Easy Way to Plant Garlic


Although there are many varieties of garlic in the world, once they are cooked, they are virtually impossible to distinguish from one another. Garlic is a plant native to the Middle East that has spread around the world. It has been used in folk remedies to stimulate the heart and improve the blood, which may explain the old story about garlic being good vampire repellent. Although varieties of garlic range from hardneck to softneck, they are planted in the same way.

Step 1

Wait until fall to plant your garlic. Garlic does best when planted in October in order to produce large bulbs in late spring.

Step 2

Plow the soil of your garden with a rototiller. Add a balanced (10-10-10) fertilizer to the soil. Use the directions that come with the fertilizer to determine how much fertilizer to add to your garden. The application rate of fertilizer will vary depending on the brand you use. Plow the soil again to work fertilizer into the soil.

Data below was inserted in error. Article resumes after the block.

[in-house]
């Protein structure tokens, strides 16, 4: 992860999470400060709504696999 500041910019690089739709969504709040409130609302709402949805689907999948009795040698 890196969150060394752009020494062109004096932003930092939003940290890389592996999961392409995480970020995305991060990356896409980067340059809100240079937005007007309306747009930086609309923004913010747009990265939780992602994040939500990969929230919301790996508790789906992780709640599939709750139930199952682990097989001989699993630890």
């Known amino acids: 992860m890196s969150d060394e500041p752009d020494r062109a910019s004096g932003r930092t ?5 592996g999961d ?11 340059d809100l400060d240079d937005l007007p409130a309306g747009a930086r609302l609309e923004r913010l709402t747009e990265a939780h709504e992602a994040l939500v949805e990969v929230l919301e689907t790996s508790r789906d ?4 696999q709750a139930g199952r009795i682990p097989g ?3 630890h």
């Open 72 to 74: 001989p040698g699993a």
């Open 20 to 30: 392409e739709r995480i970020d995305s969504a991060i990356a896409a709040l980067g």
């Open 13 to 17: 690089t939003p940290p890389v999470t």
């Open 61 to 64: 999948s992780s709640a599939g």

Step 3

Hold a garlic bulb in both hands and gently separate the cloves with your fingers. Each clove can be planted individually to produce a new bulb of garlic.

Step 4

Dig a 3-inch hole in your garden soil with a trowel. Drop your garlic clove into the hole with the pointed tip up. Push the soil back into the hole over the clove.

Step 5

Space cloves at least 6 inches apart.

Step 6

Leave at least 2 feet of space between rows if you plant multiple rows of garlic.

Step 7

Cover your garlic bed with a 3-inch layer of straw to prevent freezing in early winter and spring.

Things You'll Need

  • Rototiller
  • Balanced 10-10-10 fertilizer
  • Garlic bulb
  • Garden trowel
  • Straw mulch


  • Cornell University: It Is Time to Plant Garlic
  • Oregon State University: Plant Garlic in the Fall
  • Garlic Central: When to Plant Garlic

Who Can Help

  • Mother Earth News: Fall Planted Garlic Grows Best
Keywords: growing garlic, garlic cloves, planting fall crops

About this Author

After 10 years experience in writing, Tracy S. Morris has countless articles and two novels to her credit. Her work has appeared in national magazines and newspapers, including "Ferrets" and "CatFancy," as well as the "Lexington Herald Leader" and "The Tulsa World," and several websites.